Florida man who was caught on video attacking cops with a fire extinguisher during Capitol riot while wearing ‘Trump’ flag jacket is arrested
- Robert Scott Palmer, 53, from Clearwater, Florida was allegedly caught on video assaulting Capitol police officers with a fire extinguisher during January 6 riots
- Palmer has been arrested having been identified by online sleuths 12 days ago
- He has been charged with assaulting, resisting and impeding officers, engaging in civil disorder, and entering restricted building or grounds
- Palmer was wearing an American flag jacket along with a ‘Florida for Trump’ cap
- In video shot later that day, Palmer confirms his name and hometown on camera
A Florida man has been charged after he was caught on video attacking police officers with a fire extinguisher.
Robert Scott Palmer, 53, from Clearwater, Florida, could be seen wearing an American flag jacket with pins and a baseball cap bearing the name of former President Trump.
Palmer, who runs a cleaning and restoration business, was arrested on Wednesday and charged with assaulting, resisting and impeding officers, engaging in civil disorder, and entering restricted building or grounds.
Palmer’s identity was first revealed on March 5 but was only arrested this week.
Video in a tweet allegedly shows Palmer spraying and then throwing a fire extinguisher at a line of police officers and ultimately striking one of them.
Robert Scott Palmer, 53, from Clearwater, Florida was allegedly caught on video assaulting Capitol officers with a fire extinguisher during January 6 riots. He was arrested Wednesday
Video footage of the man throwing the fire extinguisher was posted to Twitter and YouTube
On the day of the Capitol riots, he gave his own name and hometown to a reporter for an interview which was later posted to YouTube.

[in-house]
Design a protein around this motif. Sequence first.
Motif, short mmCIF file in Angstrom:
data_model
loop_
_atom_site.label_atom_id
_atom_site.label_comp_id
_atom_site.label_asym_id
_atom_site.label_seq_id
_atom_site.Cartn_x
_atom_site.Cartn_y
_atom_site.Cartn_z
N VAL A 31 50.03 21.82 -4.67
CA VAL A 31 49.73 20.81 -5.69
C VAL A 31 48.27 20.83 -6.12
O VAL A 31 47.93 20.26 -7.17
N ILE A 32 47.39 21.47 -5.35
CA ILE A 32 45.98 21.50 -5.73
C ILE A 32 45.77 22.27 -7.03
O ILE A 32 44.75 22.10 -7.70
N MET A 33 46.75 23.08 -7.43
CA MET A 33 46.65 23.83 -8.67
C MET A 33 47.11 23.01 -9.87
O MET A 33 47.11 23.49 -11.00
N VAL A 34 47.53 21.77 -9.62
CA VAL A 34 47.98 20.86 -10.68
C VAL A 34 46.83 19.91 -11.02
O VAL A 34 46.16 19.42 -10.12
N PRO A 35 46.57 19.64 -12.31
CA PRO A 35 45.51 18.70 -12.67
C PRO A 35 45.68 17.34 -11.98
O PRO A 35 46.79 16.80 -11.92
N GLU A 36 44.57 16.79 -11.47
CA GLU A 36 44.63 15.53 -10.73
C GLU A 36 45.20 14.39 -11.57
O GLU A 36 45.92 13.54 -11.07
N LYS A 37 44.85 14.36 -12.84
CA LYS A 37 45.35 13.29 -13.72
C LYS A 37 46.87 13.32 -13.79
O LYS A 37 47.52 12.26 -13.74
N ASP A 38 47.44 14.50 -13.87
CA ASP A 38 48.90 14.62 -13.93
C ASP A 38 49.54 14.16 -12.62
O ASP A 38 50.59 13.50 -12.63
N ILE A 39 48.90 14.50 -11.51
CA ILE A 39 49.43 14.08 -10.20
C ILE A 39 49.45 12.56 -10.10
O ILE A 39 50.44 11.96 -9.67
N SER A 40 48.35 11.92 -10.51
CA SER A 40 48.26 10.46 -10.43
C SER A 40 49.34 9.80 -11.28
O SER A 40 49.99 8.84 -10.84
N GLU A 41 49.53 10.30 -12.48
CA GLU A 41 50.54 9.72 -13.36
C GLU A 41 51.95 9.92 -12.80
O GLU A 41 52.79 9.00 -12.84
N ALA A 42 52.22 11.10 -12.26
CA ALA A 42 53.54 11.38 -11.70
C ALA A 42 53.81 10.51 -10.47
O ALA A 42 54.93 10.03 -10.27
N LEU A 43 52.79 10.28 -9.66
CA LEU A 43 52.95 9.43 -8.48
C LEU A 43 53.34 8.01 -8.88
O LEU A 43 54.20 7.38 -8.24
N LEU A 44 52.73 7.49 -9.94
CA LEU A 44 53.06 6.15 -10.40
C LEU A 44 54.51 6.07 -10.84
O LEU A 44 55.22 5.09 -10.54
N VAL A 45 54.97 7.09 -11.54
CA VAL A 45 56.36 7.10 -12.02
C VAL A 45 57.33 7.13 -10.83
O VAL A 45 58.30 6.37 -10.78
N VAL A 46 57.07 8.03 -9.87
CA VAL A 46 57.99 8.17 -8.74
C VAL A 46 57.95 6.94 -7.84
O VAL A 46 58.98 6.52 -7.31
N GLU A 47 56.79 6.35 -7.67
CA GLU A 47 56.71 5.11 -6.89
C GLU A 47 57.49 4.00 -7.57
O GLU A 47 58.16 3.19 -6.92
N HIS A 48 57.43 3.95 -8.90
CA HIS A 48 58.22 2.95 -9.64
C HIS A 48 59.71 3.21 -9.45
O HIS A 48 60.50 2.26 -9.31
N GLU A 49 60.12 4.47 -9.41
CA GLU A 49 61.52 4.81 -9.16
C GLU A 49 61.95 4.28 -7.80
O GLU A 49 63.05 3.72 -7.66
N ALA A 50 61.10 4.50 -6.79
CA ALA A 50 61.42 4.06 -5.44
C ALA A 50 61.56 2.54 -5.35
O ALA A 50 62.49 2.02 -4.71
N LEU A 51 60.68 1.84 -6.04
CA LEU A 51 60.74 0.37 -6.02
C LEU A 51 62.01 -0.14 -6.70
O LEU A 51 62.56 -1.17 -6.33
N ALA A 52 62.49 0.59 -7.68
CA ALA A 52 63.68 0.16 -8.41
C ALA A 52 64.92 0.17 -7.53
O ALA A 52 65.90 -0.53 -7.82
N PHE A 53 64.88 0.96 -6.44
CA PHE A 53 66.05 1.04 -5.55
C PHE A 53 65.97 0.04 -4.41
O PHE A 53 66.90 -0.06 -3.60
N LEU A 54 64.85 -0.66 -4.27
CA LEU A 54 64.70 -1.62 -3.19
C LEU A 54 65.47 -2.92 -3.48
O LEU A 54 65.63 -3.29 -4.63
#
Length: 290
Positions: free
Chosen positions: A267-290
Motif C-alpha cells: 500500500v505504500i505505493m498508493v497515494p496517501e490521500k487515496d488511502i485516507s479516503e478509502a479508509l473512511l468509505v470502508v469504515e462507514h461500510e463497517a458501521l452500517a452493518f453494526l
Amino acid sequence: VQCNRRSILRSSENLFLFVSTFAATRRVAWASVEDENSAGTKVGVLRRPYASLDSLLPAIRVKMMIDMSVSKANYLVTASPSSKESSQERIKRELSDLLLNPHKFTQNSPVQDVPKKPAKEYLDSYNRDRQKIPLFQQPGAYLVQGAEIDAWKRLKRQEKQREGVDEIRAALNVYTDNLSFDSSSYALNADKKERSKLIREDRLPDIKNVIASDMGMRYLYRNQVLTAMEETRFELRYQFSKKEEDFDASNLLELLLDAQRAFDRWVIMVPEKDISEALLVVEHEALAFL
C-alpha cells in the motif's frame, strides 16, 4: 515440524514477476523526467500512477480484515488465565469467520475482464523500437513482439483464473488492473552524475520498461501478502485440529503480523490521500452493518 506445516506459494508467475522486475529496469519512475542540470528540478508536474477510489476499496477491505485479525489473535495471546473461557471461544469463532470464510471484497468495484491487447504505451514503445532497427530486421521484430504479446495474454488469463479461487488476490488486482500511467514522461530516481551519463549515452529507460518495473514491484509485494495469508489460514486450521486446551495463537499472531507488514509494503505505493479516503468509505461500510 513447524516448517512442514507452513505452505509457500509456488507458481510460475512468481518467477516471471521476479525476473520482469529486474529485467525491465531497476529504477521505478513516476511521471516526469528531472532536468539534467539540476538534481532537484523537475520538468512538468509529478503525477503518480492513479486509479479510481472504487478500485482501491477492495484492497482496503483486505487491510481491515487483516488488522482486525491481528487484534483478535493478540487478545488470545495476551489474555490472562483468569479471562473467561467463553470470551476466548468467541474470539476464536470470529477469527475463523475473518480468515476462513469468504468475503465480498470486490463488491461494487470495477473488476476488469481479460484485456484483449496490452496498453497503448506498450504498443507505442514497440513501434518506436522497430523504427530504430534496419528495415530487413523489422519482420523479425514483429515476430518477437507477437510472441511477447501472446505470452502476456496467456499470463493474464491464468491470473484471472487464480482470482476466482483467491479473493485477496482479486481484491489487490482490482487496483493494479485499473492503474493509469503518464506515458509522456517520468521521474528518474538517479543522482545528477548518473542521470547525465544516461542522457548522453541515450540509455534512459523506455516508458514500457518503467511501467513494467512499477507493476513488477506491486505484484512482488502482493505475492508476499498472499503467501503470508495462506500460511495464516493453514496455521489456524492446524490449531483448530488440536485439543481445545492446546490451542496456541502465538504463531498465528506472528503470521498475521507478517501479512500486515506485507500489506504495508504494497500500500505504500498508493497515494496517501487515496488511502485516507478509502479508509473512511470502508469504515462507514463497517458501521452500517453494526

‘I’m just going about it and letting them make the mistakes that they want and ruin the country as they want, and I’m just trying to live my life right now,’ he said to HuffPost when the publication called for an interview.
‘I’m just going to just leave it like that. I’m not getting myself any — not deeper, ’cause I didn’t do anything wrong — but I’m not involving myself anymore
‘I’m not, I’m not, I’m not, I’m not, I’m not saying anything ― anything more. OK?’ he said.
Palmer has been identified as the person allegedly responsibly for spraying officers and then throwing the fire extinguisher at them. He has been charged with assaulting, resisting and impeding officers, engaging in civil disorder, and entering restricted building or grounds
Palmer’s name was already in the hands of the FBI having received hundreds of thousands of tips about the Capitol attack and those who participated
Palmer’s name was already in the hands of the FBI having received hundreds of thousands of tips about the Capitol attack and those who participated.
The Post explained Palmer has a criminal record that includes being sentenced on charges of battery and felony fraud.
He was identified by an online sleuth who found him giving a livestream interview in which he gave out his name.
After sending in her tips to the FBI, his image was uploaded to its page of Capitol suspects as FBI #246 – AFO, for assault on a federal officer.
The U.S. Justice Department has said it expects to file criminal charges against more than 100 additional people who allegedly participated in the January 6 attack on the U.S. Capitol, in what it described as probably the most complex investigation it has ever handled.
Thousands of rioters broke through barricades and forced Congress to evacuate
More than 300 people already face charges stemming from the siege, which left five people dead and more than 130 police officers injured as thousands of supporters of former President Donald Trump tried to prevent Congress from certifying his election defeat.
‘The investigation and prosecution of the Capitol Attack will likely be one of the largest in American history, both in terms of the number of defendants prosecuted and the nature and volume of the evidence,’ federal prosecutors said in the court filings last week.
The FBI has been increasingly focused on suspects with ties to right-wing extremist groups like the Oath Keepers and the Proud Boys.
More than 900 search warrants have been executed in almost all 50 states and the District of Columbia, prosecutors said.
The evidence accumulated so far includes more than 15,000 hours of surveillance and body-worn camera footage from multiple law enforcement agencies, the Justice Department said.
Investigators for the District of Columbia says they have identified over 540 suspects and arrested more than 315 to date in connection with the Capitol siege